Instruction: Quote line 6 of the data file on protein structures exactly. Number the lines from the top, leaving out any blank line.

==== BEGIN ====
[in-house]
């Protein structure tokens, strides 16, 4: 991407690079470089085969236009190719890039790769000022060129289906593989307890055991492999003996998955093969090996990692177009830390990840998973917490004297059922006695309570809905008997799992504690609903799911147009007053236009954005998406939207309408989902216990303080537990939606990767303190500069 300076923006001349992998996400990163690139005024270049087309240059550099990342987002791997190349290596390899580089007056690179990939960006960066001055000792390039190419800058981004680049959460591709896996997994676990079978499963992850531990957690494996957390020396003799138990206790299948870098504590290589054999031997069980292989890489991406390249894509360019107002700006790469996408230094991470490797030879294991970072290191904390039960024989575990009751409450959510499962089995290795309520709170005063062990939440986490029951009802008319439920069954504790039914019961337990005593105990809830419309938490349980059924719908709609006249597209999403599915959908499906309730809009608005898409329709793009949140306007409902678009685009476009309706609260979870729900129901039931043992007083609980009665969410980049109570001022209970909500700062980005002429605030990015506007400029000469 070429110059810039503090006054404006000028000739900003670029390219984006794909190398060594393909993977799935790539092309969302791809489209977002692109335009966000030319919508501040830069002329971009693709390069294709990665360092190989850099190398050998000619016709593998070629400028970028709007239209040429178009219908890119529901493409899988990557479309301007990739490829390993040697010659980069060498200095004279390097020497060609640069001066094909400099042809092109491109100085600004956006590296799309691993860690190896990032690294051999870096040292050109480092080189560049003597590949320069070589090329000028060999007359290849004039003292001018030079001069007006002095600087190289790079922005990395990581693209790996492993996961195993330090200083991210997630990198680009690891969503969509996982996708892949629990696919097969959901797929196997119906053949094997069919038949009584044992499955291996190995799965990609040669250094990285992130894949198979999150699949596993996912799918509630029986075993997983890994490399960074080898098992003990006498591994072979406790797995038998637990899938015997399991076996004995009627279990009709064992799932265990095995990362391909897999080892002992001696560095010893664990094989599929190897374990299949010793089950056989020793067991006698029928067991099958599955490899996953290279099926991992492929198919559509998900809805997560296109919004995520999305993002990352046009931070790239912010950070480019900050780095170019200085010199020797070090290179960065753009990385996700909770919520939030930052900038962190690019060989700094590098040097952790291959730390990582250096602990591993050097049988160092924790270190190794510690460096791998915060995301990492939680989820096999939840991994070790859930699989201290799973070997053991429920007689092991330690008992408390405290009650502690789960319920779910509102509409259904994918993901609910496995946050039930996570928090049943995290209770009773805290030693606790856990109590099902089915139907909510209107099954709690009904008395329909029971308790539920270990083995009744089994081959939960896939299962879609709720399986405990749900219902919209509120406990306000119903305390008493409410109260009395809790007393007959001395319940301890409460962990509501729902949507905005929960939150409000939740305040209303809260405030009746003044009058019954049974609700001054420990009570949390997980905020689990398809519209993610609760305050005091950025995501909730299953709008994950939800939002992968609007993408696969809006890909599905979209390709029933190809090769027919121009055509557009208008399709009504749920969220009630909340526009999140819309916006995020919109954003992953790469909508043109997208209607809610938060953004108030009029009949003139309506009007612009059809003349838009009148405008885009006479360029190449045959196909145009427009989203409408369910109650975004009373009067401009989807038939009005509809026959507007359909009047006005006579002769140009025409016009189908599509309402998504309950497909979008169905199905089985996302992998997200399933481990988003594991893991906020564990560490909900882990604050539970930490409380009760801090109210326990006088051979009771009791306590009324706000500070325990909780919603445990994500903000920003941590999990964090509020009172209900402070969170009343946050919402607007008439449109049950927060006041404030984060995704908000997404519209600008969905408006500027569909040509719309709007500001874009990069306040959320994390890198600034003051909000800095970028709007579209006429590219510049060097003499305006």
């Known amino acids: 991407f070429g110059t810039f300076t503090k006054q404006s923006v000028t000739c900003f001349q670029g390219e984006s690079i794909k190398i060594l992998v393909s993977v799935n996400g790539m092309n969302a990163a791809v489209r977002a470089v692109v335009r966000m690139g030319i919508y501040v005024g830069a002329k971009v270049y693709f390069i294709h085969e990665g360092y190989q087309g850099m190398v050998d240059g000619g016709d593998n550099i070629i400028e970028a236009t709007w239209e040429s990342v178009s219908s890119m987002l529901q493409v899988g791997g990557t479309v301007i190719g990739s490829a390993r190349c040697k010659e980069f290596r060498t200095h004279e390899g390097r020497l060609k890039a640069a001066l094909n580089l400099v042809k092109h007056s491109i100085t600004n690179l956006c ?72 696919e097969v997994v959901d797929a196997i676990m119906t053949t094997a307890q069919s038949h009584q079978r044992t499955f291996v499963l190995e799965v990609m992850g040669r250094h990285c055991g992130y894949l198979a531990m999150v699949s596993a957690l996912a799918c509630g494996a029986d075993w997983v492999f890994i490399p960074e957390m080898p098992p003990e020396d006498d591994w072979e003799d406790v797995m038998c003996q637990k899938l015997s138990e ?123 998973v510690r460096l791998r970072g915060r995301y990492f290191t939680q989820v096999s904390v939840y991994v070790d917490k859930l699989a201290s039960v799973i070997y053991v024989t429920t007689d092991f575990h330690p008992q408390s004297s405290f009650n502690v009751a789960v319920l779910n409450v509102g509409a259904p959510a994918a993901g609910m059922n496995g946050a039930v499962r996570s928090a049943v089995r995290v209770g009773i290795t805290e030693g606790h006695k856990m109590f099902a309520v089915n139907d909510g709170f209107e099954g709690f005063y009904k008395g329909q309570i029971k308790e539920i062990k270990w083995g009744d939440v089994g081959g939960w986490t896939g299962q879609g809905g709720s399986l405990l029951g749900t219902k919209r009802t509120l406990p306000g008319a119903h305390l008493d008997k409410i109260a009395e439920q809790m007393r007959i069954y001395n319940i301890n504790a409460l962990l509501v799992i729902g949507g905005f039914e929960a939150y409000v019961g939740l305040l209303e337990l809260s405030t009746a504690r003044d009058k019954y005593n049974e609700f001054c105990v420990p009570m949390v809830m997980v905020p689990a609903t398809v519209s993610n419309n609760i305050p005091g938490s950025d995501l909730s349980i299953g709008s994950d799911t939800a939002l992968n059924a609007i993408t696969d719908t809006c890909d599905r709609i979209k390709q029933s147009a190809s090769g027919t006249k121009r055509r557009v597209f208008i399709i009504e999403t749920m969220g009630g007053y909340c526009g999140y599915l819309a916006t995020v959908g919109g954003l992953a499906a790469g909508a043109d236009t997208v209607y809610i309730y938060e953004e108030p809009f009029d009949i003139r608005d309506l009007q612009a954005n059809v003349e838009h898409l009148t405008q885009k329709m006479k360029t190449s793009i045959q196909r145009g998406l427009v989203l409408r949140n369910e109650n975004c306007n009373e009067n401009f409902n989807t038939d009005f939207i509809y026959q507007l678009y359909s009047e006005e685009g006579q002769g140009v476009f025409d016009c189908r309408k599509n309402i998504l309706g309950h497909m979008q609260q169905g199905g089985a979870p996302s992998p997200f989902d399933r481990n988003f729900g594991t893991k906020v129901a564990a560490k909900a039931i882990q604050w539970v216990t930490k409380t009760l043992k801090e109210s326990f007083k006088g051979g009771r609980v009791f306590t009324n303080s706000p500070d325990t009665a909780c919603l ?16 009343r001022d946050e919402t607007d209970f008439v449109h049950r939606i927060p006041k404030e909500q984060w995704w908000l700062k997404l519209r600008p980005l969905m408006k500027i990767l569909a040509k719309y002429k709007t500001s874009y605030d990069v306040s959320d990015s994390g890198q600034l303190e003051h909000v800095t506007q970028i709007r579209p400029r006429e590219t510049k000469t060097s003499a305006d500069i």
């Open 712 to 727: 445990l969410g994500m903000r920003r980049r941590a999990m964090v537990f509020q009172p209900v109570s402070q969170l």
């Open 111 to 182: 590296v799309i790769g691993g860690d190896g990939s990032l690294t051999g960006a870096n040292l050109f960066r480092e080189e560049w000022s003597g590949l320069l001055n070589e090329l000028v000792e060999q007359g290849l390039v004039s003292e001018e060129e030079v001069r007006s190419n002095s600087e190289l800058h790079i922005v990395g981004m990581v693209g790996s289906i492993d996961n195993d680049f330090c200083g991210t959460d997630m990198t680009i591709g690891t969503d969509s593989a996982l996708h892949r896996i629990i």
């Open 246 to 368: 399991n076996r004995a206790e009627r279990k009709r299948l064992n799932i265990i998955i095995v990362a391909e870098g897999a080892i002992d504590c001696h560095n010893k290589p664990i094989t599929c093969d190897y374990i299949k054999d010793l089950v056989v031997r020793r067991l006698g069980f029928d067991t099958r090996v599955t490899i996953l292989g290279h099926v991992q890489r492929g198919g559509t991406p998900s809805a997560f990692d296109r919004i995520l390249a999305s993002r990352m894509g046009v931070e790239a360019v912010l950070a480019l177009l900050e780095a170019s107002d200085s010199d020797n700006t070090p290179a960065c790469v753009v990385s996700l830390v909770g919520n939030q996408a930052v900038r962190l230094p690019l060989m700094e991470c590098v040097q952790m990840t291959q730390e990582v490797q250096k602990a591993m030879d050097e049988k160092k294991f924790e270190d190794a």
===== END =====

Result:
């Open 246 to 368: 399991n076996r004995a206790e009627r279990k009709r299948l064992n799932i265990i998955i095995v990362a391909e870098g897999a080892i002992d504590c001696h560095n010893k290589p664990i094989t599929c093969d190897y374990i299949k054999d010793l089950v056989v031997r020793r067991l006698g069980f029928d067991t099958r090996v599955t490899i996953l292989g290279h099926v991992q890489r492929g198919g559509t991406p998900s809805a997560f990692d296109r919004i995520l390249a999305s993002r990352m894509g046009v931070e790239a360019v912010l950070a480019l177009l900050e780095a170019s107002d200085s010199d020797n700006t070090p290179a960065c790469v753009v990385s996700l830390v909770g919520n939030q996408a930052v900038r962190l230094p690019l060989m700094e991470c590098v040097q952790m990840t291959q730390e990582v490797q250096k602990a591993m030879d050097e049988k160092k294991f924790e270190d190794a």